TOVA simply means “good” in Hebrew, but, in some contexts, it also has connotations of happiness or even luck. “Shana Tova” is the Hebrew equivalent of “Happy New Year”, and of course “Mazel Tov!” — good fortune — is a universal cry of celebration, congratulation, and much more besides.
Originally called Tola, Tova Friedman notes in passing in this memoir that she changed her name when she moved to Israel as an adult because it sounded more Israeli. Yet it is hard not to feel that the choice was another act of courage and defiance in a life that could scarcely be termed fortunate.
The Daughter of Auschwitz tells her extraordinary story of survival. She was just one of five Jewish children from her community of 13,000 to escape the Holocaust and one of a vanishingly small number to emerge alive from the death camp Auschwitz-Birkenau. This owed something to luck, but still more to her parents, who were determined to protect her as best they could. Friedman is frank about the choices that they were forced to make — including the decision to abandon her small cousins to their fate — and her text captures well the painful after-effects of their suffering.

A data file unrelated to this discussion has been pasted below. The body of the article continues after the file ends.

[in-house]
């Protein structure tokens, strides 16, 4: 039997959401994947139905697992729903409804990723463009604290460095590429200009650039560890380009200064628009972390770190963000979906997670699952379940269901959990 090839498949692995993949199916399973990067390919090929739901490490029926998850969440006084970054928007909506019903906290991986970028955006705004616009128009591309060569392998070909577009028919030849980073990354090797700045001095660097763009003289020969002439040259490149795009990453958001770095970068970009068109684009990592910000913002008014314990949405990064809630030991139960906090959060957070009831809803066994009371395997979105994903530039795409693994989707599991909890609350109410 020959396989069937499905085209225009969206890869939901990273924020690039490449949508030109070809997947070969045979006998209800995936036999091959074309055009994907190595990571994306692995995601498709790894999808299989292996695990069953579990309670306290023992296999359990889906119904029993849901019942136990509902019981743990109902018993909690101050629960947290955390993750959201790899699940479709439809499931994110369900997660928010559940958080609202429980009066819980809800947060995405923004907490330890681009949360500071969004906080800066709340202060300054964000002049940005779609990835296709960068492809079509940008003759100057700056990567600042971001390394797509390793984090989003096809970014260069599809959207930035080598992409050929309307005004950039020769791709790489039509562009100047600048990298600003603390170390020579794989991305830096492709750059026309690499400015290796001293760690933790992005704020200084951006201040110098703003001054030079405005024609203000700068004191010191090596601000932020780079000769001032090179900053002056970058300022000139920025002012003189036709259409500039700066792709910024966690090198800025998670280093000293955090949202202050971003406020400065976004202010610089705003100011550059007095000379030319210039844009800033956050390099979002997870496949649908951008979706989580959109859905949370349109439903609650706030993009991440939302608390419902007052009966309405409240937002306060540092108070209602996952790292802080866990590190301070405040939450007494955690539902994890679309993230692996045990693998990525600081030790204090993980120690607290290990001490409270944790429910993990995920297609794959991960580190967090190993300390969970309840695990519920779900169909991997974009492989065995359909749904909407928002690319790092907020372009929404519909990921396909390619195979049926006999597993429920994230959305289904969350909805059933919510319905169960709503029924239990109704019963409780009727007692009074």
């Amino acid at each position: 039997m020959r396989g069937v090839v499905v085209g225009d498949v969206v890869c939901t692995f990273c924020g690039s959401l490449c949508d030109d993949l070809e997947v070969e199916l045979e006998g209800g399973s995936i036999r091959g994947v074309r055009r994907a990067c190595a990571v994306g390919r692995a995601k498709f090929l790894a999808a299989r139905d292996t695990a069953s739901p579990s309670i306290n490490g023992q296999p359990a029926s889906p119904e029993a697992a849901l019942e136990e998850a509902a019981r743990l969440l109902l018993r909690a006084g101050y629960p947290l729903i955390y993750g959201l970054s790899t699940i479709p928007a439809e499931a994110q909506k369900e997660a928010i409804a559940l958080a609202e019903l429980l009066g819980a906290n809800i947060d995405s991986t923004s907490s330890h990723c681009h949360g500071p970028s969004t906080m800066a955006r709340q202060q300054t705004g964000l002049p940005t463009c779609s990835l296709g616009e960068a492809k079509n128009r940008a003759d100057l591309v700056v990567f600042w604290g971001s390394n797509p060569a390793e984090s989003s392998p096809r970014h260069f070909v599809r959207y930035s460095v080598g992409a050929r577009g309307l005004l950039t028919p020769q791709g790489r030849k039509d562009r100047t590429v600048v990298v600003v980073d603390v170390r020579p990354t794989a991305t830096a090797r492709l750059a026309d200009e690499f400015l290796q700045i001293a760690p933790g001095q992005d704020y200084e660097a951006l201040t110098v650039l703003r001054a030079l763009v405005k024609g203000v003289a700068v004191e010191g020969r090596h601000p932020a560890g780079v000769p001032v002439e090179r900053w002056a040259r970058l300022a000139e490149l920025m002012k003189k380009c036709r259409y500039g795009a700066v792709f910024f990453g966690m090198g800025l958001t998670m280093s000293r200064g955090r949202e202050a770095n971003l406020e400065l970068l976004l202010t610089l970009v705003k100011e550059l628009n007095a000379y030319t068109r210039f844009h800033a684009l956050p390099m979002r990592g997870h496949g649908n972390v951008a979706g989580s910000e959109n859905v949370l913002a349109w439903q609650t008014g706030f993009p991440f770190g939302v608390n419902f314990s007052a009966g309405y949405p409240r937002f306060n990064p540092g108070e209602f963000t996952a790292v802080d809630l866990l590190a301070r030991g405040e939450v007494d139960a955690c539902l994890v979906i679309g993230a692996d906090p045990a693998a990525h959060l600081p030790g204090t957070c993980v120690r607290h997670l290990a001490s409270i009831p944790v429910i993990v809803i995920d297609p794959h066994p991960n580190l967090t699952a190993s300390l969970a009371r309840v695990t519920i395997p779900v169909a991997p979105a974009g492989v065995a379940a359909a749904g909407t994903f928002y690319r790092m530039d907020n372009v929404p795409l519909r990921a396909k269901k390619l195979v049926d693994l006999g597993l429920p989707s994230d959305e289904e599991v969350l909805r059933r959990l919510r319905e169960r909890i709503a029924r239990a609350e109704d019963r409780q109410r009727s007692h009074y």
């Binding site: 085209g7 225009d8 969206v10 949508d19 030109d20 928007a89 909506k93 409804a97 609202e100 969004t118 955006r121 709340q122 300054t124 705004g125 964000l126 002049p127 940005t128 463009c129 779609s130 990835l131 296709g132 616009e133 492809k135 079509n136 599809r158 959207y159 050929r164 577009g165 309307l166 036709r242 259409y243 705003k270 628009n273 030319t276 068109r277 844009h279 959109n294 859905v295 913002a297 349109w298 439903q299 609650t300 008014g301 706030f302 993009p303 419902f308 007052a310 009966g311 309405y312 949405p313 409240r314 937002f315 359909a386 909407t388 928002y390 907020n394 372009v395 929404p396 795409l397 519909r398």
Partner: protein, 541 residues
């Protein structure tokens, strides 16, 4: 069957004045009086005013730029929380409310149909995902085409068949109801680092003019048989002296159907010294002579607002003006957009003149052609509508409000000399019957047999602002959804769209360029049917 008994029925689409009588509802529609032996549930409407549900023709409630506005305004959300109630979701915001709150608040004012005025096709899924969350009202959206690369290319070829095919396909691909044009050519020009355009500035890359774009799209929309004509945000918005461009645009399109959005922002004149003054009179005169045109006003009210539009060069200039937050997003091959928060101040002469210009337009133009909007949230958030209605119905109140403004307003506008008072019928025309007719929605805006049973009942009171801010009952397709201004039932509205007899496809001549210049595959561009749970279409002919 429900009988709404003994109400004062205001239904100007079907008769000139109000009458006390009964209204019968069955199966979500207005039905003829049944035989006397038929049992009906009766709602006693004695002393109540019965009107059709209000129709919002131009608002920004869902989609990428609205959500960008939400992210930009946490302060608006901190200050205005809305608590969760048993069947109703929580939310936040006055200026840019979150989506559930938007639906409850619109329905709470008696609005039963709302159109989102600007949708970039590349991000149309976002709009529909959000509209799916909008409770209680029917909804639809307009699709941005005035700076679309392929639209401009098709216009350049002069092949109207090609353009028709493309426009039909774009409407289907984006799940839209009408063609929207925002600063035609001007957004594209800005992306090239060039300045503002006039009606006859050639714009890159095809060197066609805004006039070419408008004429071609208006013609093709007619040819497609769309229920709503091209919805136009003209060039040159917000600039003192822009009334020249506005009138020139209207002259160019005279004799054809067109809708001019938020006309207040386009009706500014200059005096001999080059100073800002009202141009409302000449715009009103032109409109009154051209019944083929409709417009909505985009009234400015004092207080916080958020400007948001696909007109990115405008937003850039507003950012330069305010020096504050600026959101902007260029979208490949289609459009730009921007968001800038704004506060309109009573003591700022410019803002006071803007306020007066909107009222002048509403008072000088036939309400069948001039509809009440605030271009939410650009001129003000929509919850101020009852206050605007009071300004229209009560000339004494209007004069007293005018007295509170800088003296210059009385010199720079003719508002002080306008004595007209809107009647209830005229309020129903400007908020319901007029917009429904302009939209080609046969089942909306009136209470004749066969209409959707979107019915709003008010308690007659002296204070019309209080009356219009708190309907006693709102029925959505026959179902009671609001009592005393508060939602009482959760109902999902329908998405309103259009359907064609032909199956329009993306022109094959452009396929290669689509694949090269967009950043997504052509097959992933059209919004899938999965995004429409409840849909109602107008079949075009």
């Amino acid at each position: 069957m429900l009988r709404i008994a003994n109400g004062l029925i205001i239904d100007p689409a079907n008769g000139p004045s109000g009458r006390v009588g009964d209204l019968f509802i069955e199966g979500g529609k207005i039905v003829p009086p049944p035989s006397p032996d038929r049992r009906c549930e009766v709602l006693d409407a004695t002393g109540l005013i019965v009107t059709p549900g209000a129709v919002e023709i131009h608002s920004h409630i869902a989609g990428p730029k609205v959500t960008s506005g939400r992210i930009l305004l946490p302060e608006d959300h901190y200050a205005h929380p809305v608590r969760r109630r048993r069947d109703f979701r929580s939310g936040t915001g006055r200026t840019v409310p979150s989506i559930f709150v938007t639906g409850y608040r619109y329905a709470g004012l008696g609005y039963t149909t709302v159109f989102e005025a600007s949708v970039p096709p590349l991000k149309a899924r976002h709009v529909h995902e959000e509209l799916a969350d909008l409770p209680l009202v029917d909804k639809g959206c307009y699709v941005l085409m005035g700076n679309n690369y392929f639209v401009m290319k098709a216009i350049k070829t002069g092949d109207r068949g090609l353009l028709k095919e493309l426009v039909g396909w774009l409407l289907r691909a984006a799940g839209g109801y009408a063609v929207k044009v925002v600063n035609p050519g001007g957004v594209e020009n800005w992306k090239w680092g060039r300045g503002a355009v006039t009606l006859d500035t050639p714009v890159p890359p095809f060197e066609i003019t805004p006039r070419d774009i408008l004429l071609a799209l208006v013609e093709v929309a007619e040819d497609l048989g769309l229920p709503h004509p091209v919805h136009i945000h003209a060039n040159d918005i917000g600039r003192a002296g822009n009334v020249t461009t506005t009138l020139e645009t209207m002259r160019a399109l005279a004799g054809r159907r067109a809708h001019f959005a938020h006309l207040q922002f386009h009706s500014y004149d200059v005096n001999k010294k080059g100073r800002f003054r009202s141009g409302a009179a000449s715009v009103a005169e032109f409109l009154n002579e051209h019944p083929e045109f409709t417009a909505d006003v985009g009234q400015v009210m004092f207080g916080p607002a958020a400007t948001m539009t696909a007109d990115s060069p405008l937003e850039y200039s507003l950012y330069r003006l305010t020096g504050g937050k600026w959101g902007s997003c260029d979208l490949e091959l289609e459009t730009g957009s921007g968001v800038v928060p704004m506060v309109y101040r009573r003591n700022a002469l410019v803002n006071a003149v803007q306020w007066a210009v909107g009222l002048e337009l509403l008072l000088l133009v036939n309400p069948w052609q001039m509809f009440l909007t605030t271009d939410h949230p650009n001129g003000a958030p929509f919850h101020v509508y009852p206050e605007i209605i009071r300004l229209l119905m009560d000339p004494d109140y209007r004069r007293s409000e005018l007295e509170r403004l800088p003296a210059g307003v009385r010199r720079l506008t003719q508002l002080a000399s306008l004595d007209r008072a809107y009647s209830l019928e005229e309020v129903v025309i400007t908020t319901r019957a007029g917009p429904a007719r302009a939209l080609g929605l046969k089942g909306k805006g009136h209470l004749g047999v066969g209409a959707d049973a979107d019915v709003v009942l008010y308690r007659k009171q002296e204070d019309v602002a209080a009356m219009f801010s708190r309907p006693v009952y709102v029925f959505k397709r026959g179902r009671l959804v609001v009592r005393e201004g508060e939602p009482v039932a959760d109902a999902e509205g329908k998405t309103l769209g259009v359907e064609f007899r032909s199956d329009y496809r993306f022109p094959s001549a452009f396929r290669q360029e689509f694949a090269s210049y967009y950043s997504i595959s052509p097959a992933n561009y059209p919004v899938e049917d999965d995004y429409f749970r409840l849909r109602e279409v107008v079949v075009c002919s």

Skilfully written by a first-rate journalist, the former BBC correspondent Malcolm Brabant, the book does a brilliant job in capturing Tova Friedman’s life. It also uses serious research to flesh out the memories of a woman who was only six when liberated from Auschwitz.
But Friedman did not go into print simply to garner praise; nor should the craftsmanship of the prose distract from the horror depicted. Friedman is unflinching in choosing to reveal the trauma of her childhood and enlist the reader in her struggle to ensure that it can never be forgotten, and in the hope that it will never happen again.
The Revd Dr William Whyte is Fellow and Tutor of St John’s College, Oxford, and Professor of Social and Architectural History in the University of Oxford.
The Daughter of Auschwitz
Tova Friedman and Malcolm Brabant
Church Times Bookshop £18